Skip to main content

This partner-run project is thought to be the first of its kind in Scotland. Through a series of environmental restoration tasks, the project's goal is to restore the Black Water of Dee to be more favourable for salmon and trout.

A graphic showing riverbank restoration

Infographic text
Black Water of Dee Restoration Project. 

The lower secton of the Black Water of Dee river in Galloway runs from below the Hydro-Electric dam at Clatteringshaws, by the Raider's Road Forest Drive and Otter Pool Visitor Facility, joining Loch Ken opposite Parton. 

In 2012, the compensation water flows in the river were increased and the lower Pullaugh Burn reconnected to the river. A study in 2016 identified that there were still a range of factors limiting the population of trout and salmon in the Black Water of Dee, including the habitat along the riverbanks and the lack of spawning substrate in the river.

The Black Water of Dee Habitat restoration project kicks off in 2021:

Current situation: river channel empty of smaller spawning substrate and river bank tree cover not particularly good habitat for salmon and trout. 
Addition of substrate: 450 tonnes of smaller gravels etc. from elsewhere in the catchment introduced at sacrificial sites to be washed into the river at times of high flow. 
Riverbank work: encroaching naturally seeded conifers are mapped; targeted removal and native trees being planted.
Result: a more natural river environment is created providing improved habitat and spawning opportunities for fish.

To get in touch, contact Rowan McCleary at Galloway Fisheries Trust: This email address is being protected from spambots. You need JavaScript enabled to view it. 

The project started after a study showed the site has great potential for migratory fish, such as salmon and trout. However, Galloway Fisheries Trust (the founders of the project) found very few fish present while surveying the water. 

Some of the issues noted include the creation of a hydroelectric dam further upstream, which is washing away gravel beds needed for spawning fish. Non-native conifer trees are also growing too close to the riverbank. This causes a few problems. The first is that conifers don't provide the same nutrients to the water as broadleaves do. The second issue is they can cast too much shade and cause bankside erosion. 

These stressors are impacting the population of both these important species, and lead to this exciting partnership project formed along the Black Water of Dee.

 Before and after image of a riverbank during restoration
Here we see before and after we added 140 tonnes of gravel to the river. The gravel is moved and sorted by the current, creating a range of habitats from spawning beds to places for juvenile fish to live.

How the habitat is being restored  

There are many things we can do to restore freshwater fish populations in Scotland. Even small changes can really make a huge difference in creating better habitats for aquatic life, for example planting broadleaf trees provides dappled shade, nutrients and protects the riverbanks.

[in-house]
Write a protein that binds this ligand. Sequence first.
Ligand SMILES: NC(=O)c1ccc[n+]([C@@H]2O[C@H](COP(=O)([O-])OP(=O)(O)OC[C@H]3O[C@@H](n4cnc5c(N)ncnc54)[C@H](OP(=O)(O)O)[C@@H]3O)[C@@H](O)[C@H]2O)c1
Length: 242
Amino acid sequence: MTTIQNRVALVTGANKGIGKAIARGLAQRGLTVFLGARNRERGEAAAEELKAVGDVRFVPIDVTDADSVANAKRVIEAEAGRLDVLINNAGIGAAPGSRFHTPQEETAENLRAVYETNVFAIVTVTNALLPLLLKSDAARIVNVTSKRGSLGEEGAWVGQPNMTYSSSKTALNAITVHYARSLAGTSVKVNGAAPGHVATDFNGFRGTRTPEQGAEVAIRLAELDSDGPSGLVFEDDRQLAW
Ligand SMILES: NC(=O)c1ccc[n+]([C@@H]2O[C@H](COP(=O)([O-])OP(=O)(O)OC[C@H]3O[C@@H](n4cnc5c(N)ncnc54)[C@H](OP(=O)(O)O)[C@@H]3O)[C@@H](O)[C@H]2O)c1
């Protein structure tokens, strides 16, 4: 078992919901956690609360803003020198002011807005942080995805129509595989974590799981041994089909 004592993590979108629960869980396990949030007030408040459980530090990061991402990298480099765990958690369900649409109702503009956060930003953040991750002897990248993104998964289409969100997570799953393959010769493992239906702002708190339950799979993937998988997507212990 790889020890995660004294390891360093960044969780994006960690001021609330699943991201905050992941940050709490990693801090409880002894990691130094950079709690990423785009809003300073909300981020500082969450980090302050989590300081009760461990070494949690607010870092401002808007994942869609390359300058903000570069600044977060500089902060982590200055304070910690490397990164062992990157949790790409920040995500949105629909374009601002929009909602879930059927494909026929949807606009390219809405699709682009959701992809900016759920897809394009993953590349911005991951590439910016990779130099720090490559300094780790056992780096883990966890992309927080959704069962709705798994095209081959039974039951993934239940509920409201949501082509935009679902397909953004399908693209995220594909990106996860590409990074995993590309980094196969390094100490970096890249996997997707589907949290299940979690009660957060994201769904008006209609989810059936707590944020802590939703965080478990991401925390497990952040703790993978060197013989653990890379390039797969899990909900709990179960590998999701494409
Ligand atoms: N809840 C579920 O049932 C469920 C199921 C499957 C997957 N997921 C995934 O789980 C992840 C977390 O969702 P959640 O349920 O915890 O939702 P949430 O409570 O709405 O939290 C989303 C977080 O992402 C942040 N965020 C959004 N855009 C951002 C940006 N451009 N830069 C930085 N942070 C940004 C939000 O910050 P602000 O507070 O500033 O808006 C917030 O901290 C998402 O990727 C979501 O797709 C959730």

This project is focusing on three areas of restoration;  

  • Building up the riverbed: adding additional gravel (around 450 tonnes) to the site will help increase the available spawning habitat for the fish.
  • Removing conifers from the riverbank: this will help lower the acidification level in the river and help create better water quality for the salmon and their eggs.
  • Planting native trees along the riverbank: planting native broadleaf trees along the riverbank will provide dappled shade (which will help keep the water cool) and provide nutrients back into the water when the leaves fall. 

Why are salmon important

“Salmon are nationally one of our priority species for conservation.

The project has taken many years of hard planning by all the partners. As the land owner, being given the opportunity to collaborate in the Black Water of Dee project has helped us to better understand the local issues affecting salmon populations. This is key for the survival of the species.  

In the long term not only will this project help the local salmon population but it has also created a stepping stone for future restoration projects of this scale on a national level.”

Kim Kirkbride, Environment Forester at Forestry & Land Scotland

A salmon jumping during spawning

Having healthy populations of salmon is important to rivers and burns because they help move nutrients between the sea and the freshwater ecosystem where they spawn. Often these smaller bodies of water have lower levels of nutrients, so this can really benefit the overall biodiversity.   

We’re now seeing higher water temperatures in Scotland, most likely due to climate change and a lack of broadleaf trees and scrub along the riverbanks. Research shows that it’s likely getting too warm for the salmon eggs and young salmon to survive in.  Planting native trees along the riverbanks provides shades the water, reducing the increasing water temperatures during summer and making the habitat better for the young salmon.



Where you can see the project in action

The Black Water of Dee is the largest tributary of the Kirkcudbrightshire Dee, whose lower end flows through the Galloway Forest Park along the Raiders Forest Drive.